The Prince of Wales' Mistress: The Princess & the Egyptian Playboy
A Royal Scandal in Paris
This story has the very best scandalous ingredients. Read about the Prince of Wales' mistress, the wealthy Egyptian playboy and mysterious events in Paris.
Like every good scandalous story about the British Royal Family, there's also a fascinating coverup.
There's even a sensational murder.
The playboy, the heir to a huge fortune, was captivated by a beautiful young lady. However, she was a lady with a past. Not only that but her life had led her to become rather cunning. She had found this out the hard way.
The wealthy Egyptian was determined to make her his wife, but he was doomed to tragedy. The relationship would prove fatal.
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The Prince of Wales
The story begins with the Prince of Wales. When he was a teenager he had visited France and was delighted when, in the First World War, he was posted to Paris.
Paris of course, is known as the 'city of love' and it was here that the prince, Edward, discovered delights that had formerly been unknown to him. Although in his early twenties, the Prince of Wales was what we would call a late developer in that department.
But they do say that all is fair in love and in war and for the first time, the prince was experiencing both.
I don't know what you think but I've always thought that Prince Edward was rather lax when choosing his mistresses, and this lady was no exception.
Maggie certainly was entrancing. She was a French girl who had been born Marguerite Allibert to a low-income family. Striking-looking from an early age, she had an illegitimate baby when she was fifteen years old.
Cast out by her family, she realised that she was potentially (and literally) sitting on a fortune she began a career in Paris.
And she was successful. She became a high-class Parisienne courtesan who could count some of members of the top echelons of society as her clients.
During the First World War, she added the Prince of Wales to her list of eager - and wealthy - paramours.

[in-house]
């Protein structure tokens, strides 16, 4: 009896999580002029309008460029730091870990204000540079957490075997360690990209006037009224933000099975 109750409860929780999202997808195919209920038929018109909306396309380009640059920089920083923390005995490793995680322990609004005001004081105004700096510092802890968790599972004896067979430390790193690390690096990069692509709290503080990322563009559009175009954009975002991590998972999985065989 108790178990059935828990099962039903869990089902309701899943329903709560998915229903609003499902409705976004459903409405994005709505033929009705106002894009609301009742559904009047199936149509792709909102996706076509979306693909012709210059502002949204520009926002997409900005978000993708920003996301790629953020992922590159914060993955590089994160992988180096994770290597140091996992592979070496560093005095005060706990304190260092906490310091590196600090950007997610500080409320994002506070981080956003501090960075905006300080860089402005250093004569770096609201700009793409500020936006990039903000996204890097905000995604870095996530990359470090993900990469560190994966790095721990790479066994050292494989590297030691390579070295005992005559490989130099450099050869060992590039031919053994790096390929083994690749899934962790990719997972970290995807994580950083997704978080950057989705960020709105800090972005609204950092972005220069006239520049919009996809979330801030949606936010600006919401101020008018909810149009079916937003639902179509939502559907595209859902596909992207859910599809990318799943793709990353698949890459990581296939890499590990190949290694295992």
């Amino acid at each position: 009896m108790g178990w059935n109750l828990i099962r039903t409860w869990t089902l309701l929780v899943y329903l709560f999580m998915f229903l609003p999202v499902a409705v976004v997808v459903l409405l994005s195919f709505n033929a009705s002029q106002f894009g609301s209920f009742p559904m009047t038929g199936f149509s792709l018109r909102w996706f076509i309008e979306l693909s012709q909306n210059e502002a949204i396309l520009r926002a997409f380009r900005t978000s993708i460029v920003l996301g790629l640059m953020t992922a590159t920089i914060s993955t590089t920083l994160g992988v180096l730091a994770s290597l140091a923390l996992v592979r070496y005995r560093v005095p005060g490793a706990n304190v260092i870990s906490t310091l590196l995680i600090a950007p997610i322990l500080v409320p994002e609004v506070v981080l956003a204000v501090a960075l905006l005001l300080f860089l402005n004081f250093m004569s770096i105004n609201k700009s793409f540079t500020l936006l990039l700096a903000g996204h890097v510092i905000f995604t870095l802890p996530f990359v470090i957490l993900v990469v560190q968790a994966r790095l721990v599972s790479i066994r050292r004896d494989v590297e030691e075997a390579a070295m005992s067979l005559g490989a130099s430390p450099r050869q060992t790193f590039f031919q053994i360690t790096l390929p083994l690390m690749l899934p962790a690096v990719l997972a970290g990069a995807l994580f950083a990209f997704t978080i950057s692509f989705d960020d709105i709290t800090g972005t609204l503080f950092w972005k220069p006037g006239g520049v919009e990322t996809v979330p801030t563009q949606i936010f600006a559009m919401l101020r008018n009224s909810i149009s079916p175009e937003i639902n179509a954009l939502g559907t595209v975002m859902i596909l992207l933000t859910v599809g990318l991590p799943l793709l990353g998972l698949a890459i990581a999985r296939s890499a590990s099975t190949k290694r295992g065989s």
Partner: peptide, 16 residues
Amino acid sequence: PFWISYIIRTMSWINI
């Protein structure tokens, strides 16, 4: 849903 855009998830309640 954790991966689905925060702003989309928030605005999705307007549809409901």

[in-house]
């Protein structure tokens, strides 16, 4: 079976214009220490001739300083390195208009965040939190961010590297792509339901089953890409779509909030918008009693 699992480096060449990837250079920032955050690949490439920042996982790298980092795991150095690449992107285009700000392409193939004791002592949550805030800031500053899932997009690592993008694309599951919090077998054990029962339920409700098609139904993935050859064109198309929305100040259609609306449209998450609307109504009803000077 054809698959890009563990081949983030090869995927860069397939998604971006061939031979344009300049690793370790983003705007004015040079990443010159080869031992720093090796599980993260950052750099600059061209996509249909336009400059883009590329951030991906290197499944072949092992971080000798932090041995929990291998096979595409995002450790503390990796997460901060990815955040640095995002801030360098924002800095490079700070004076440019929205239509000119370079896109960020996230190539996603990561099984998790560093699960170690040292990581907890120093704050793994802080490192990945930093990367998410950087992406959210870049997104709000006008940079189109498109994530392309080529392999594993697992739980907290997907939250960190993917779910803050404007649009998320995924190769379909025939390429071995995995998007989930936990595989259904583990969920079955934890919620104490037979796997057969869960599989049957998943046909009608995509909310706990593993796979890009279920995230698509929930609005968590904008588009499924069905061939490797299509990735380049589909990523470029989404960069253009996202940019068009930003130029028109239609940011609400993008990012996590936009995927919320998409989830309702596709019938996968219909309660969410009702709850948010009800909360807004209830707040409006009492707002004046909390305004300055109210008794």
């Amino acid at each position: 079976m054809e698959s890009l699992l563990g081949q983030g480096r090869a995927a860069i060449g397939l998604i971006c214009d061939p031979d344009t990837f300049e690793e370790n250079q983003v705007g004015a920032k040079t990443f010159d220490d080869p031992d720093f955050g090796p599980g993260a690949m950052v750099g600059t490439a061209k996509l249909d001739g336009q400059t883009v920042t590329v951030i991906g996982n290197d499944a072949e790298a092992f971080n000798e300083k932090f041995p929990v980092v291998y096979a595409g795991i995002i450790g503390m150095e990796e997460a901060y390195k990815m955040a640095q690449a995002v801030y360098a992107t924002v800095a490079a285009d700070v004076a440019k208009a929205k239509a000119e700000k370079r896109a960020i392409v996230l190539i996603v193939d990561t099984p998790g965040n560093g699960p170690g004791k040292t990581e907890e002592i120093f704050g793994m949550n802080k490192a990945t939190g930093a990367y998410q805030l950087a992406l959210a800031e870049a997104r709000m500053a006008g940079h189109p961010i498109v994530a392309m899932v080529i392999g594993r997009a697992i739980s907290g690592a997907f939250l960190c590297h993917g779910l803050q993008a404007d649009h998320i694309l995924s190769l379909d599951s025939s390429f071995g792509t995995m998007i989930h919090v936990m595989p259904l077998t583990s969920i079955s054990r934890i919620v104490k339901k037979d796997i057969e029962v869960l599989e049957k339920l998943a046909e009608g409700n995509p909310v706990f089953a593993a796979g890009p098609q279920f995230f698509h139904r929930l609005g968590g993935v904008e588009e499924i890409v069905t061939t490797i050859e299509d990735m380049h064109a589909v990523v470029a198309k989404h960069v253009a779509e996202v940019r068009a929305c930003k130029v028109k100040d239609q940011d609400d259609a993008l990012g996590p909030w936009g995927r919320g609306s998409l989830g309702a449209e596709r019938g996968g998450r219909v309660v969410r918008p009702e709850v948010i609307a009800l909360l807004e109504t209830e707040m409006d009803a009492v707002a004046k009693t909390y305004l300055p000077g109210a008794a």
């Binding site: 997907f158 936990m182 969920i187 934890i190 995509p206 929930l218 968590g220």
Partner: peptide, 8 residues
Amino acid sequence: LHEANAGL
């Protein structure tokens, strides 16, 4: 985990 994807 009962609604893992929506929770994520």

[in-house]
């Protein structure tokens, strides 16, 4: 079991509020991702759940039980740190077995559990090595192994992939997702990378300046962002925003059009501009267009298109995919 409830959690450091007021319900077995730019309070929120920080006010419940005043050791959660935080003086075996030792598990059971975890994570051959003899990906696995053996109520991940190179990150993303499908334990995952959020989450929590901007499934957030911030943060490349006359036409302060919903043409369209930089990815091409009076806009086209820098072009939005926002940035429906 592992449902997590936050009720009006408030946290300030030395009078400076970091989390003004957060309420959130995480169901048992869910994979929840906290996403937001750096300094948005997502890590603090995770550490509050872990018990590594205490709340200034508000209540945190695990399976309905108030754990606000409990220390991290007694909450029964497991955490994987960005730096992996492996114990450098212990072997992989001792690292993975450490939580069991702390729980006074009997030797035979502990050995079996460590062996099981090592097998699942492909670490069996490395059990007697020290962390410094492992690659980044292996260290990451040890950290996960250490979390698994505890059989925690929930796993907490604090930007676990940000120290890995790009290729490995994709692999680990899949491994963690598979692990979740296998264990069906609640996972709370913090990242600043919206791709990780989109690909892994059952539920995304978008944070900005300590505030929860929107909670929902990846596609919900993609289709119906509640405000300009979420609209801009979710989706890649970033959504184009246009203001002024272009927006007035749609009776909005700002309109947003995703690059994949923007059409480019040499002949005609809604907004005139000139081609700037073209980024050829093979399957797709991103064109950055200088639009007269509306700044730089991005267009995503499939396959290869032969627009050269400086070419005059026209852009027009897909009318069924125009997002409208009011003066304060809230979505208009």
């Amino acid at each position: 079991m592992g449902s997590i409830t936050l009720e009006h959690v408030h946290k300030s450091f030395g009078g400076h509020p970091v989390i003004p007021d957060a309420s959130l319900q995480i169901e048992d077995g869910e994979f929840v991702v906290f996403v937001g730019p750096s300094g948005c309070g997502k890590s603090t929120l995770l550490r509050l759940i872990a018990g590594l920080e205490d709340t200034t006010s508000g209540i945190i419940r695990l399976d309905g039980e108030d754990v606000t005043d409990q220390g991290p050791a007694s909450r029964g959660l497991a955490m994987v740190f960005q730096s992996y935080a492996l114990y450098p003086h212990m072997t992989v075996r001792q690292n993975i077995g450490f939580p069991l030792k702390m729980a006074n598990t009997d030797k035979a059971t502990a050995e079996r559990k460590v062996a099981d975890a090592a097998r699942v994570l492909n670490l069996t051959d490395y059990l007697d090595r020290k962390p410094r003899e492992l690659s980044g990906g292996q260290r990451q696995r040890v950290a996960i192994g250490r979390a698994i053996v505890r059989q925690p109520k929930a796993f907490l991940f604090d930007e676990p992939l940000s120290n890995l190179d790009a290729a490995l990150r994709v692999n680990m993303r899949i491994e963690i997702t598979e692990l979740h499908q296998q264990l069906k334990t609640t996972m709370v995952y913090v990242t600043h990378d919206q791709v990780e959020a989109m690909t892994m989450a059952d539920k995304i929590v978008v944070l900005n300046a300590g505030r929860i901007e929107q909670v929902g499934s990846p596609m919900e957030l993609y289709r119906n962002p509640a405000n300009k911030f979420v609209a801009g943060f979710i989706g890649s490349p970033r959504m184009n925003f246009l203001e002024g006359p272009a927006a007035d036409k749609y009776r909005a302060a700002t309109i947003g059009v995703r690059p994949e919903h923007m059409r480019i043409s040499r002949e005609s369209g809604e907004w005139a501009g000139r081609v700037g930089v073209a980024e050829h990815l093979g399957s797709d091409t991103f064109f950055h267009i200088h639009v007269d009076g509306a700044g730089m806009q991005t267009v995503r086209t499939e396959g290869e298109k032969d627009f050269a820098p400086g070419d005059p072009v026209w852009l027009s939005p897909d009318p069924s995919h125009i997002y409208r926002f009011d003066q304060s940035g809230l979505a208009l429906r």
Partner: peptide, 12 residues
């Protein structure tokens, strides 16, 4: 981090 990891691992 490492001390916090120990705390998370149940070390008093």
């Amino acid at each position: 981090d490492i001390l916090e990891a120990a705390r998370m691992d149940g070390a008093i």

The prince was besotted but he was also inexperienced. Not only that, he seemed to have a talent for being indiscreet. Maggie, although still young, was a woman of the world.
When Edward was away from Paris, he was moved to write long letters to his mistress, declaring his affection and making no attempt to hide the exact nature of their relationships and the details of the happy hours they spent together.
Unlike some other royal mistresses, Maggie knew that her relationship with the prince was temporary only. She had no illusions. And of course, besotted though the prince was, the relationship ended.
But Maggie carefully kept every one of his letters.
The Egyptian playboy
Maggie had ensured that she lived in the best circumstances. Her lovers ensured that she lived in a luxurious Paris apartment and she was showered with jewelry and gifts.
But when she met Ali Fahmy, she saw a wonderful opportunity. Ali, a few years younger than Maggie, was the heir to a huge fortune. Even better, he called himself a prince. (He wasn't, technically speaking, but his father was influential, wealthy and titled).
She quickly converted to his faith and the pair were married. She had the sense to know that the Prince of Wales provided nothing but a dead end relationship, but now she had a prince of her own and had no problem titling herself Princess Fahmy.